There are a few dmoz clones that engage in massive, automated link request campaigns, and may gather some steam, parerank-wise. But the vast majority consists of extremely poor sites of no consequence. Losing links from such sources probably has no effect on your ranking.
IMO DMOZ is still important and is a factor in the sandbox. I agree with the view that the sandbox is not a filter to do with the age of a domain but to do with the age and 'trustworthiness' of IBLs. I believe that it is not domains that are sandboxed but search terms. Without enough IBLs you cannot even get into the primary index for more competitive terms.
Despite talks of DMOZ corruption it is still 'the daddy' when it comes to directories. An IBL from DMOZ is (on face value) a big vote of confidence.
helleborine, your statistics are based on too small (and probably too irrelevant) a sample. A couple of semi-systematic reviews of multiple hundreds or thousands of suggestions have shown about 10% being listed in less than a month. We have anecdotal evidence that a fraction of a percent waits for over 3 years. (And, of course, hundreds of non-suggested sites are listed daily.)
But even if you weren't assuming the "assembly-line-robotic-suggestion-processor" model of editing, the statistics would still be irrelevant. All that matters is the number of listings added daily. If the site is good, NOW, it's worth listing NOW. If it's not, then what it was five years ago, or might be next year, matters not.
How many spam suggestions have to be rejected, how many irrelevant Google search results have to be skipped, how many URLs in magazine advertisements are dead, all that is just invisible overhead. How old and established and stable, or new and lacking in track record the sites are -- is all irrelevant.
And, so far as I can tell, the number of listings added is roughly comparable to the number of good, findable websites to be listed.
(1) Comparing Google results with ODP listings, it is pretty rare for a ODP-listable but unlisted site to appear in the top 100 Google results for a category search, and not be listed -- I count myself lucky to find 2 or 3 new listings from the top 100 results.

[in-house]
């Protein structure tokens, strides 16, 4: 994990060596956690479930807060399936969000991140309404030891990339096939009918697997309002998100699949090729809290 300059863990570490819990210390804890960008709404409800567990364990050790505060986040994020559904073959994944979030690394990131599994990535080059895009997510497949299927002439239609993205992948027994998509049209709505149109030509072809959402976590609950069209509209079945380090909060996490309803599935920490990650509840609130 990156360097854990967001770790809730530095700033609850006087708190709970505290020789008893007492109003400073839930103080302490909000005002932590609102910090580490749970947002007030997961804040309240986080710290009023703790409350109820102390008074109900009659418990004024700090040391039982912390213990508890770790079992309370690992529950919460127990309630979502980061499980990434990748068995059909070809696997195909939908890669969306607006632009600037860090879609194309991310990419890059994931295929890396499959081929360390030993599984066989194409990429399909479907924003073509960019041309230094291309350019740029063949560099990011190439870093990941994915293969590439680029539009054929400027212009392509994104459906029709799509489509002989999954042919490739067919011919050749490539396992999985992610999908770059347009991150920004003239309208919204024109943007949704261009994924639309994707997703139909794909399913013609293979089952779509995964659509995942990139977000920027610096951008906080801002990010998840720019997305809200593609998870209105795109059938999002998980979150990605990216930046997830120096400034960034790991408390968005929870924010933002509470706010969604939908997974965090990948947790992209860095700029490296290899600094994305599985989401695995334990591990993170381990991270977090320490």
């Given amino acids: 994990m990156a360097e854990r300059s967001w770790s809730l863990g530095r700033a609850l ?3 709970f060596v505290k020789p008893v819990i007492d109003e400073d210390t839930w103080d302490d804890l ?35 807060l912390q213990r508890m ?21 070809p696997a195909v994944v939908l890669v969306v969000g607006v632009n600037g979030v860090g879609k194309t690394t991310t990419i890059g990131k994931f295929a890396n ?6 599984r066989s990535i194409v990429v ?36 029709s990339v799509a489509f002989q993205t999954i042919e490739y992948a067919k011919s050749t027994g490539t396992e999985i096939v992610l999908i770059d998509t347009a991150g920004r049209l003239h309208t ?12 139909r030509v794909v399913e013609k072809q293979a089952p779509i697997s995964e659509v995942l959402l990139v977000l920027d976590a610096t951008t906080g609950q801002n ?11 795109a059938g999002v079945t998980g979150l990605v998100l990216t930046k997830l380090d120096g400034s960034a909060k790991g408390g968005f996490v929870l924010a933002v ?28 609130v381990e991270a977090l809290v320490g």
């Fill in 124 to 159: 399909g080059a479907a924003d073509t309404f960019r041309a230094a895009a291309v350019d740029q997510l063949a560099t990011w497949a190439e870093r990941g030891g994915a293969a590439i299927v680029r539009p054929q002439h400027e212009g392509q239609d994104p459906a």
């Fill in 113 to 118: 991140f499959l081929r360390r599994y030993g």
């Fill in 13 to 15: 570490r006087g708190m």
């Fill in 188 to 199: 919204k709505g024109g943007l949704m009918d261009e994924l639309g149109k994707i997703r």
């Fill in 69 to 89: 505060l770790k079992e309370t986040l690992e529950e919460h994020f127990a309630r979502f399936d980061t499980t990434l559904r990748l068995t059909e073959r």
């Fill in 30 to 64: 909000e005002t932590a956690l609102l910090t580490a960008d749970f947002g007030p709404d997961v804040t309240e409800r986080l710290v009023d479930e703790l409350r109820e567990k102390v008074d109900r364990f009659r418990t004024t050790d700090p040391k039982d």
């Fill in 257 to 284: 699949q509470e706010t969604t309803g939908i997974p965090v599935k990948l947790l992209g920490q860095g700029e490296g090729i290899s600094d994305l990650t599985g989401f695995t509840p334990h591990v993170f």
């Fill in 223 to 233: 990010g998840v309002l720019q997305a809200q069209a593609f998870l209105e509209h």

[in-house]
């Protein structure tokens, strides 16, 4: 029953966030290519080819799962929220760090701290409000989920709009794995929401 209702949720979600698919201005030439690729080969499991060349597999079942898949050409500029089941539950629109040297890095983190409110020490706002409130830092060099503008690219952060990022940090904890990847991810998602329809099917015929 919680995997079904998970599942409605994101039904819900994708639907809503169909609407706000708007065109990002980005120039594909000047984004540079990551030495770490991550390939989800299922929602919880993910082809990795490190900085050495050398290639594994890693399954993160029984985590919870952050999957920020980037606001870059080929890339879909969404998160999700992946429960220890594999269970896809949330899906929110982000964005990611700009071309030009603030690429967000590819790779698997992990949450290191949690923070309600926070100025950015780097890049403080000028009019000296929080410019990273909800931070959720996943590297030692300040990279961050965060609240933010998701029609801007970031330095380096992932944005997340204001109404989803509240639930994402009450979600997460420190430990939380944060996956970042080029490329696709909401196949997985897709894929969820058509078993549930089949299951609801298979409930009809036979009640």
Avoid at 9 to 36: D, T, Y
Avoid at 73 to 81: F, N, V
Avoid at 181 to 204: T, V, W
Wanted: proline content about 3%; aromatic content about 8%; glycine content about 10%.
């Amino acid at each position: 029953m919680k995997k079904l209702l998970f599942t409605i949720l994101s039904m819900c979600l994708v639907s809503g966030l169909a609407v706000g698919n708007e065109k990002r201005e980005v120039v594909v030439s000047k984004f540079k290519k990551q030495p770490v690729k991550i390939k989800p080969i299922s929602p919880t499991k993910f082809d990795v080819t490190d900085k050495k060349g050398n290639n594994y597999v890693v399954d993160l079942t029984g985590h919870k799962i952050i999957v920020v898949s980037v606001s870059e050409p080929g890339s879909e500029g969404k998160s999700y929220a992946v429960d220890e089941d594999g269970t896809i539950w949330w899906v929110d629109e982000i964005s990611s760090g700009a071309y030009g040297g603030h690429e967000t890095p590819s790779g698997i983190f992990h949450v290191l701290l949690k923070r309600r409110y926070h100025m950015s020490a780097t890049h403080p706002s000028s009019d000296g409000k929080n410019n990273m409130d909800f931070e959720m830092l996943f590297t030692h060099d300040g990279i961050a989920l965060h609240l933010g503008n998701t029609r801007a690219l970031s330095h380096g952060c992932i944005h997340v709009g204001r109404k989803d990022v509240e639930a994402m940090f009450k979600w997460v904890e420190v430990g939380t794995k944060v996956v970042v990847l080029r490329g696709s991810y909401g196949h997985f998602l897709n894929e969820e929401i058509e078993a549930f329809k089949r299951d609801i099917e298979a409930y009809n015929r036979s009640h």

(2) Comparing webmaster-self-submittals with ODP listings, 90% are unlistable.
Nobody else on the net can offer you selectivity of that quality.
DMOZ is the biggest joke left on the web; a remnant from the good' ole days when people seriously believed it feasible to maintain a hand-edited directory covering the entire web. What a bunch of larrys...
My site is in the top 3 results for numerous retail searches including one where it is number 1 and 2 for a search returning 89 million results. All of which has been achieved sans DMOZ.
I struggled for ages to get in to DMOZ and finally thought, why am I bothering?!
hutcheson, please accept a friendly reminder that the question here is simply "can you expect good rankings without a DMOZ listing?"
I was merely replying to some points that were made that a dmoz listing might result in a ban of your site by Google, should you reciprocate it, and another point that a dmoz listing might "sandbox" your site.
That site review is sloth is a matter not often disputed.
My argument is that we cannot really be certain if Google considers dmoz inclusion important. I certainly hope that it does not.
I don't know why DMOZ is looked upon so highly. It's out of date, there are dead links... the editors don't care or contribute (majority).
I was an editor, but I no longer contribute due to the amount of internal corruption. You add a site, an editor bumps it because he doesn't want competition. The whole system is a farse. The last draw was when I tried to contact the editor of a sector other than my own - to advise them of a couple very high quality sites that were waiting to be added.
After multiple attempts to get this persons very authoritive site added, I realized that the sector is far too corrupted by greedy publishers. DMOZ is NOT quality.
I'm disappointed that I spent so much time in the past seeking out and adding authoritive sites. What a waste of time. I thought DMOZ would amount to something... but like anything that grows without structure; scandal took over.
My point is that IF you get any early DMOZ listing and the 200-300 low quality IBL's this could look unnatural right (large spike in links w/identical anchor)? The only way it could not is if Google has some hard-code exceptions for DMOZ listings.
|very much doubt it. The DMOZ reviewing process is so sloth that the probablity of a site being listed within 9 months of its inception is near zero. |
Why do people to continue to make up such lies? From what I understand less than 25% of sites submitted to DMOZ are not even listable and more than half of those submitted that are listable are done so within 3 months.